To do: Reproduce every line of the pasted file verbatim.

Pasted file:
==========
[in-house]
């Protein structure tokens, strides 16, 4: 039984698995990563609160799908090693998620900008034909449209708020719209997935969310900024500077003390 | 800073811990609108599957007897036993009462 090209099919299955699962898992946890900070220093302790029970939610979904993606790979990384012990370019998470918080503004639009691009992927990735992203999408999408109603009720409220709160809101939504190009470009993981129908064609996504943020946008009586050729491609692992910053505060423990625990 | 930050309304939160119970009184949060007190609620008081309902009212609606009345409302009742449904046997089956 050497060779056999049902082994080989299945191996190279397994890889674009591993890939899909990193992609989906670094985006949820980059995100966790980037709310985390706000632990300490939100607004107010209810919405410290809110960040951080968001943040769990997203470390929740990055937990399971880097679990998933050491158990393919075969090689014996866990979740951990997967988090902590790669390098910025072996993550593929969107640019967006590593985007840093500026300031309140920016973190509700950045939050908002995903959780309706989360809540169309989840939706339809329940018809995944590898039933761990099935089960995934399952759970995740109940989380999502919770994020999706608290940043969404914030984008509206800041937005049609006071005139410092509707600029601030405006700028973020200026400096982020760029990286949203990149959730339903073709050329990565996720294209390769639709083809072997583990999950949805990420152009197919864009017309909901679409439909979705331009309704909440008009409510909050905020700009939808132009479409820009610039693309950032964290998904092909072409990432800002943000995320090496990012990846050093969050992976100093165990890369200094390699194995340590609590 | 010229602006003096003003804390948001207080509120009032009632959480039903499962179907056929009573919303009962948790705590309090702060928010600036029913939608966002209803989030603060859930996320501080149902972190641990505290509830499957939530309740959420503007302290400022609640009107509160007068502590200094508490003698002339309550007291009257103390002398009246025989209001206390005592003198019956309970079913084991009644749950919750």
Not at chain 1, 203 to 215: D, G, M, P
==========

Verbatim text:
[in-house]
């Protein structure tokens, strides 16, 4: 039984698995990563609160799908090693998620900008034909449209708020719209997935969310900024500077003390 | 800073811990609108599957007897036993009462 090209099919299955699962898992946890900070220093302790029970939610979904993606790979990384012990370019998470918080503004639009691009992927990735992203999408999408109603009720409220709160809101939504190009470009993981129908064609996504943020946008009586050729491609692992910053505060423990625990 | 930050309304939160119970009184949060007190609620008081309902009212609606009345409302009742449904046997089956 050497060779056999049902082994080989299945191996190279397994890889674009591993890939899909990193992609989906670094985006949820980059995100966790980037709310985390706000632990300490939100607004107010209810919405410290809110960040951080968001943040769990997203470390929740990055937990399971880097679990998933050491158990393919075969090689014996866990979740951990997967988090902590790669390098910025072996993550593929969107640019967006590593985007840093500026300031309140920016973190509700950045939050908002995903959780309706989360809540169309989840939706339809329940018809995944590898039933761990099935089960995934399952759970995740109940989380999502919770994020999706608290940043969404914030984008509206800041937005049609006071005139410092509707600029601030405006700028973020200026400096982020760029990286949203990149959730339903073709050329990565996720294209390769639709083809072997583990999950949805990420152009197919864009017309909901679409439909979705331009309704909440008009409510909050905020700009939808132009479409820009610039693309950032964290998904092909072409990432800002943000995320090496990012990846050093969050992976100093165990890369200094390699194995340590609590 | 010229602006003096003003804390948001207080509120009032009632959480039903499962179907056929009573919303009962948790705590309090702060928010600036029913939608966002209803989030603060859930996320501080149902972190641990505290509830499957939530309740959420503007302290400022609640009107509160007068502590200094508490003698002339309550007291009257103390002398009246025989209001206390005592003198019956309970079913084991009644749950919750």
Not at chain 1, 203 to 215: D, G, M, P